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National Religious Leadership Roundtable condemns anti-gay bill in Uganda

Date: 
May 11, 2011

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WASHINGTON, May 10 — The National Religious Leadership Roundtable, convened by the National Gay and Lesbian Task Force, reiterates its condemnation of Uganda's proposed "Anti-Homosexuality Bill." It has been revived by Uganda's Parliament with a possible vote this week. The bill targets homosexuality and includes severe penalties, including life in prison and even death.

"This bill is an example of what happens when fear and hatred hold sway," said the Rev. Rebecca Voelkel, faith work director of the National Gay and Lesbian Task Force. "Lesbian, gay, bisexual and transgender people are threatened with death, religious people who profess a God of justice and extravagant welcome are threatened with imprisonment, all people are left vulnerable to the spread of HIV, and justice and love become victims of state violence. Those of us who are people of faith must stand and say no — on behalf of all who will suffer."

"Every person has been endowed by our creator with worth and dignity that human judgment cannot set aside," said the Rev. Michael Schuenemeyer, executive for Health and Wholeness Advocacy in Wider Church Ministries of the United Church of Christ. "The Anti-Homosexuality Bill before the Ugandan Parliament violates the rights of God's children in Uganda. It punishes the free association and expression that is necessary for a flourishing civil society, and creates a climate of fear and hostility which undermines the citizenship and solidarity of all Ugandans. I join the Civil Society Coalition on Human Rights & Constitutional Law in calling for the complete withdrawal of the Anti-Homosexuality Bill in its original or amended form."

"This proposed bill is an outrage," said the Rev. Debra Haffner, executive director of the Religious Institute. "The right to live one's sexual orientation and gender identity without fear of discrimination or violence is a basic human right. All humans have dignity and worth, period, and sexual diversity is part of God's blessing. It is absolutely immoral to violate those basic human rights because of a person's sexual orientation. We implore them to reconsider."

"The Ugandan Anti-Homosexuality Bill attacks the human dignity and legal rights of all Ugandans," said Imam Daayiee Abdullah of the Light of Reformation Mosque. "This bill, if implemented, will not only destroy the lives of lesbian, gay, bisexual, transgender and queer people, but it will also silence straight Ugandans who stand for human rights for all people. This bill in application will not differentiate between Christian, Muslim or any other traditional faith within Uganda. Furthermore, the bill allows the imprisonment of anyone who may know or have knowledge of any lesbian, gay, bisexual, transgender or queer persons — the circle of entrapment grows larger by the fears of revenge and accusations through lies. Ugandan governmental leaders, guilty of accepting funding by Western religious organizations promoting homo-hatred, are fully aware they are setting aflame a tinderbox that will embroil their country in economic sanctions that harms all Ugandans."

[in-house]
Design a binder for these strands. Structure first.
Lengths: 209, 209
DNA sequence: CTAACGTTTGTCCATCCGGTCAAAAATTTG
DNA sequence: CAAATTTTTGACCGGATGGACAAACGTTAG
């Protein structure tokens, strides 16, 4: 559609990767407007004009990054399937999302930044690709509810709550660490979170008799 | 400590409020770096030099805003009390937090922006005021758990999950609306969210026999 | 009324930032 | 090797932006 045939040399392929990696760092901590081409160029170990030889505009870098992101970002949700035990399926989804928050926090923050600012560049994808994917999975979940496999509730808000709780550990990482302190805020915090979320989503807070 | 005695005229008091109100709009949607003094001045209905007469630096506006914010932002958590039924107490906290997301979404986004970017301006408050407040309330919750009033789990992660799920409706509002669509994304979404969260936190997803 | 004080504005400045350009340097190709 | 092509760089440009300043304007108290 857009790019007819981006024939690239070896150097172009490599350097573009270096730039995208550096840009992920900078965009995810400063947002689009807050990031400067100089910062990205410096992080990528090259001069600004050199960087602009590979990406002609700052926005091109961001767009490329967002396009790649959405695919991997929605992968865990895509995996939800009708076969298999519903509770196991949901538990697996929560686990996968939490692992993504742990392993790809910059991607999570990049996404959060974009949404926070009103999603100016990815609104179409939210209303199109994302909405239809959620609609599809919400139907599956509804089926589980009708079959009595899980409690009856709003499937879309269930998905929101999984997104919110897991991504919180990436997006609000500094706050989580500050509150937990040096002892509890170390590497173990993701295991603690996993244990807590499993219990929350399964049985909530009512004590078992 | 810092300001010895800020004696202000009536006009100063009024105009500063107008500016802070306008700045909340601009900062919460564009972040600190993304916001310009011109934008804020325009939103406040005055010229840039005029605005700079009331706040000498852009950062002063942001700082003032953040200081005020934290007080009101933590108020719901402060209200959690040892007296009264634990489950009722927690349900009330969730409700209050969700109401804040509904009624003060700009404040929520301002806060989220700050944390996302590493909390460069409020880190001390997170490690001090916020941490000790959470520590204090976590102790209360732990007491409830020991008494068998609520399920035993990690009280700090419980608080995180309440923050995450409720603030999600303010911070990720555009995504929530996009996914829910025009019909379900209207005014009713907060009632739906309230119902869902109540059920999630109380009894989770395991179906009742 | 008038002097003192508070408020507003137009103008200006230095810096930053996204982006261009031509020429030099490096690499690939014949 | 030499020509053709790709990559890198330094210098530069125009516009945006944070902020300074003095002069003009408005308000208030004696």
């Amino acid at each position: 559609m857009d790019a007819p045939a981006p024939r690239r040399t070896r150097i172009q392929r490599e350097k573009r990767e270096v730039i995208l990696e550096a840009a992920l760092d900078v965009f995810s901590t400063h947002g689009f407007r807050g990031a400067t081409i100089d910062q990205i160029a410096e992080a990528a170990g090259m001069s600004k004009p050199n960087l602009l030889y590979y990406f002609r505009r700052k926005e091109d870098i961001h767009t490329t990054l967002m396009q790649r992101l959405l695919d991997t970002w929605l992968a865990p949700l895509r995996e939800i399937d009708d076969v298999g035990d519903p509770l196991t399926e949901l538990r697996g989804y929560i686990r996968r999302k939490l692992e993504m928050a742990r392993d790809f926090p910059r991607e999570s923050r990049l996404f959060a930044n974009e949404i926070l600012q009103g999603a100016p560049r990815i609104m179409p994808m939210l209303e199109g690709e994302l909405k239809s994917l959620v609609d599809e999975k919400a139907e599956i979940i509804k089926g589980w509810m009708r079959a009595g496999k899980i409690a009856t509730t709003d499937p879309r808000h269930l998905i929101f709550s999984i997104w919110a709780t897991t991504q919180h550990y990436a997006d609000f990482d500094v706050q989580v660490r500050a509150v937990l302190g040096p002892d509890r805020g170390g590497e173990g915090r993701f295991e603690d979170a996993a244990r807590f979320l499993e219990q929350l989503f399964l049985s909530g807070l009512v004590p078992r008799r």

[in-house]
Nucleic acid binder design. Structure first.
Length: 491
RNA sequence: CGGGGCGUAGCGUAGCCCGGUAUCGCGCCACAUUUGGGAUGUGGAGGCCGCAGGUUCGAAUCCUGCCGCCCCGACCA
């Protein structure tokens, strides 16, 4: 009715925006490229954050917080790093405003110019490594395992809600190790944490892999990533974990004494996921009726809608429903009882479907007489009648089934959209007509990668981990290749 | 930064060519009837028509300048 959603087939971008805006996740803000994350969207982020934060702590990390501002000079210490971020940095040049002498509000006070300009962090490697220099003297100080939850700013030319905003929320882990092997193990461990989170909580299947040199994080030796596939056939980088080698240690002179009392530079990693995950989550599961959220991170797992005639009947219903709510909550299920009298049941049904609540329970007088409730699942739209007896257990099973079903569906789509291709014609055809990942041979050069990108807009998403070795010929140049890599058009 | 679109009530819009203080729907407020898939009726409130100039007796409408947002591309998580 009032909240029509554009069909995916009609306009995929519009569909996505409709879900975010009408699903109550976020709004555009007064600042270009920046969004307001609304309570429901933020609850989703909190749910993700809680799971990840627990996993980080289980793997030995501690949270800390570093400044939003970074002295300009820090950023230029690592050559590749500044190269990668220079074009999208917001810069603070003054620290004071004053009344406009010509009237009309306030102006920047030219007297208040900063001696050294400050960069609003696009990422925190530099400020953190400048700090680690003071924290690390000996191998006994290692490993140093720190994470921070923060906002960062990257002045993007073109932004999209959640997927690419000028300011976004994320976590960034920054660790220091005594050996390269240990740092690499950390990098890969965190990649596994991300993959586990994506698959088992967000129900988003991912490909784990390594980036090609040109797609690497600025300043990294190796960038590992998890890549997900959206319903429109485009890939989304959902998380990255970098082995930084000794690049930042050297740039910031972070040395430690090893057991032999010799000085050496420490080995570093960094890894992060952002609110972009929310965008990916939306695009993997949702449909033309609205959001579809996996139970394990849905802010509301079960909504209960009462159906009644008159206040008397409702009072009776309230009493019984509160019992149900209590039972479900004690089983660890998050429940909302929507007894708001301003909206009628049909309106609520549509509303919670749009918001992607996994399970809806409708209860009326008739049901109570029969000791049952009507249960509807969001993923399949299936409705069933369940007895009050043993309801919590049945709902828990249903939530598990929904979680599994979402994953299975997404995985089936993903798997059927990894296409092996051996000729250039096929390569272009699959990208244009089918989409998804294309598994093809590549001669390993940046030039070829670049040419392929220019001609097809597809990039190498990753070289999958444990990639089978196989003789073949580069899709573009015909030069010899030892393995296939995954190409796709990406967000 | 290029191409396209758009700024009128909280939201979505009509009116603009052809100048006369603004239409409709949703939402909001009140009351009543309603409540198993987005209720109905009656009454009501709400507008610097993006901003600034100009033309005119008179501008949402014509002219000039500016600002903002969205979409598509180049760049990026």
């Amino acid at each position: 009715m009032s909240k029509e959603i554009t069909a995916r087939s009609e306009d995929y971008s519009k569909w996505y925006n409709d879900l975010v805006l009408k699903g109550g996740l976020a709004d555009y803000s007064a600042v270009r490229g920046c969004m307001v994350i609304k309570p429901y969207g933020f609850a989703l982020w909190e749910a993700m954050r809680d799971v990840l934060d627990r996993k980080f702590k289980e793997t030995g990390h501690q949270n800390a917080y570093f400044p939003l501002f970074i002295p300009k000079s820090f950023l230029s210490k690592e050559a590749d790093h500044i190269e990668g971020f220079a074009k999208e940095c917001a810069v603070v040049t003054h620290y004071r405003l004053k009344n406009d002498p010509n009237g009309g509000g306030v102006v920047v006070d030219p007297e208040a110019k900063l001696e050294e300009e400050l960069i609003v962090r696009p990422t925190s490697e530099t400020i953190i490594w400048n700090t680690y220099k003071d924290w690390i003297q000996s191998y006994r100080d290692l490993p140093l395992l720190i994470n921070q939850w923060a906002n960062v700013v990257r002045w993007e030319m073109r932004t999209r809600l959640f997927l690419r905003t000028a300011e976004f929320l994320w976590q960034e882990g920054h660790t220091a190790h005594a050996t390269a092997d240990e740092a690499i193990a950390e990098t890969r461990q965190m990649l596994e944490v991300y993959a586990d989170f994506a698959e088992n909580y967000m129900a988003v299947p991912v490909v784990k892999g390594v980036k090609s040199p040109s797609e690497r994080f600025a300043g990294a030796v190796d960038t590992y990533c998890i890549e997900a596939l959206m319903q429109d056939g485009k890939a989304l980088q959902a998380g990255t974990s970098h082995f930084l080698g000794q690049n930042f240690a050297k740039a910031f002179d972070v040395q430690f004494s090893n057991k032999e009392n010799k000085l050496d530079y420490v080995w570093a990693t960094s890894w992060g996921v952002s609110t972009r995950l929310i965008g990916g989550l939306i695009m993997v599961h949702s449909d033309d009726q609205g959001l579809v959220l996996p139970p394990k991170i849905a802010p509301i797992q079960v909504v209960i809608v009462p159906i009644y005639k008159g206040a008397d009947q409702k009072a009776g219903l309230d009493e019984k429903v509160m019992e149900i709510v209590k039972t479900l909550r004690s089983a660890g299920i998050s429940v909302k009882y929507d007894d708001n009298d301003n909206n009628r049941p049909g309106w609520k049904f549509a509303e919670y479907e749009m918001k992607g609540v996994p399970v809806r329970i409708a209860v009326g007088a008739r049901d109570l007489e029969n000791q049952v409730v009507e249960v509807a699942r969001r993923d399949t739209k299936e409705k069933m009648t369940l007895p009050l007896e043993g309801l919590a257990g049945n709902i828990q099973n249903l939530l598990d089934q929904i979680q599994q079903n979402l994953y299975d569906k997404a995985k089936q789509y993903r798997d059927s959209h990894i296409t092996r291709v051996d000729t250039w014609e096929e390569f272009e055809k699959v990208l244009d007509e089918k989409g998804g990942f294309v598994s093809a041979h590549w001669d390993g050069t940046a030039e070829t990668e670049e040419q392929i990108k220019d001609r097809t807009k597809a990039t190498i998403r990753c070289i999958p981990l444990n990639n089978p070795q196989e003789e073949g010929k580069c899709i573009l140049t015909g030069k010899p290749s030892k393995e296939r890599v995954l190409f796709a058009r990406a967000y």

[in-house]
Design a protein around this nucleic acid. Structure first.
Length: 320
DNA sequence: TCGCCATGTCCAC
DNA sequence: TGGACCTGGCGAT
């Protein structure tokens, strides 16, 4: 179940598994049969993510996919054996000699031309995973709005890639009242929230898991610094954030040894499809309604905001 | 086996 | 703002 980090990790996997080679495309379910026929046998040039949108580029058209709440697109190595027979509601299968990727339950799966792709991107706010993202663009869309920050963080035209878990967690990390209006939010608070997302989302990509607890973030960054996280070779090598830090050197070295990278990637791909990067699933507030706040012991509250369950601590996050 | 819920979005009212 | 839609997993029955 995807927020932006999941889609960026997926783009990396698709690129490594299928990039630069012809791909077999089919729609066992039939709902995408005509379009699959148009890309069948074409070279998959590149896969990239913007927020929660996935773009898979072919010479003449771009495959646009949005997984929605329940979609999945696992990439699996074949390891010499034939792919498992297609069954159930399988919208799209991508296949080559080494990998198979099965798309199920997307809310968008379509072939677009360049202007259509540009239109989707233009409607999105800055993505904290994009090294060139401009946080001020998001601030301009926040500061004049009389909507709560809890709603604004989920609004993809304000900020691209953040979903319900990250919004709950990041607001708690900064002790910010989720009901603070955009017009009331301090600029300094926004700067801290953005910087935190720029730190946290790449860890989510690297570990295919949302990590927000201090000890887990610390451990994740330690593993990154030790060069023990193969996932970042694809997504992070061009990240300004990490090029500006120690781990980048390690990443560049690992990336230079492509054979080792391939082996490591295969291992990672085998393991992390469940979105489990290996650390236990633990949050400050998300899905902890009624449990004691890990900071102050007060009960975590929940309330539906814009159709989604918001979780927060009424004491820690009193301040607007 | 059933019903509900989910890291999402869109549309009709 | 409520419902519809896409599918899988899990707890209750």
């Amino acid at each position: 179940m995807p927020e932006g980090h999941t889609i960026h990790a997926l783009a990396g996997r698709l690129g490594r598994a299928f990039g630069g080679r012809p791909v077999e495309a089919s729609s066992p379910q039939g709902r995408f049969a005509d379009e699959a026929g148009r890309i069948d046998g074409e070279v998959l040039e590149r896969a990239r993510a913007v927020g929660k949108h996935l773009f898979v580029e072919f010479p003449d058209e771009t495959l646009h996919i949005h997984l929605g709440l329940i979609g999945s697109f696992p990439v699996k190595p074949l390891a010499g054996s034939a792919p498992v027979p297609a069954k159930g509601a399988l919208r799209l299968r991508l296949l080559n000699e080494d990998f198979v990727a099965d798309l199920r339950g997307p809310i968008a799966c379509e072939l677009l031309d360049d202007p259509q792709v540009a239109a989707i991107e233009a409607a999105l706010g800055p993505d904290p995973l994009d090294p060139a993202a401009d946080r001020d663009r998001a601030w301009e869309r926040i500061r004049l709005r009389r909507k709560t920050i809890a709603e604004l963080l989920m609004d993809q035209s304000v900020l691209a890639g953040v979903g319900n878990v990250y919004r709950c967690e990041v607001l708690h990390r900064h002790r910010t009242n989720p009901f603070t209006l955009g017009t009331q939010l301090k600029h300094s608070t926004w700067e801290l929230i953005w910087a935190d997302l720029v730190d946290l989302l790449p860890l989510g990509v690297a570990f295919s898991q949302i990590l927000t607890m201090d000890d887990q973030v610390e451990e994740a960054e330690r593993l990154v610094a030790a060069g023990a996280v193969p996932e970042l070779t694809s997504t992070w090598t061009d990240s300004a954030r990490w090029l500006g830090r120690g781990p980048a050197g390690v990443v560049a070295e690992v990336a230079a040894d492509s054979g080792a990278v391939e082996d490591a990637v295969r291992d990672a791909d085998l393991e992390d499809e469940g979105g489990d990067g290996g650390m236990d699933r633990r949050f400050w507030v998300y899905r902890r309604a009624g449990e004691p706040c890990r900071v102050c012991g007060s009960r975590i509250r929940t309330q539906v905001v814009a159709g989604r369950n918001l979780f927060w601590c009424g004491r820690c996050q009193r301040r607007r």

The National Religious Leadership Roundtable urges all people to offer their public protest to this bill and to take action by signing this AllOut petition.

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The National Religious Leadership Roundtable (NRLR), convened by the National Gay and Lesbian Task Force, is an interfaith network of leaders from pro-lesbian, gay, bisexual and transgender (LGBT) faith, spiritual and religious organizations. We work in partnership with other groups to promote understanding of and respect for LGBT people within society at large and in communities of faith. We promote understanding and respect within LGBT communities for a variety of faith paths and for religious liberty, and to achieve commonly held goals that promote equality, spirituality and justice.

The mission of the National Gay and Lesbian Task Force is to build the grassroots power of the lesbian, gay, bisexual and transgender (LGBT) community. We do this by training activists, equipping state and local organizations with the skills needed to organize broad-based campaigns to defeat anti-LGBT referenda and advance pro-LGBT legislation, and building the organizational capacity of our movement. Our Policy Institute, the movement’s premier think tank, provides research and policy analysis to support the struggle for complete equality and to counter right-wing lies. As part of a broader social justice movement, we work to create a nation that respects the diversity of human expression and identity and creates opportunity for all. Headquartered in Washington, D.C., we also have offices in New York City, Los Angeles, Miami, Minneapolis and Cambridge.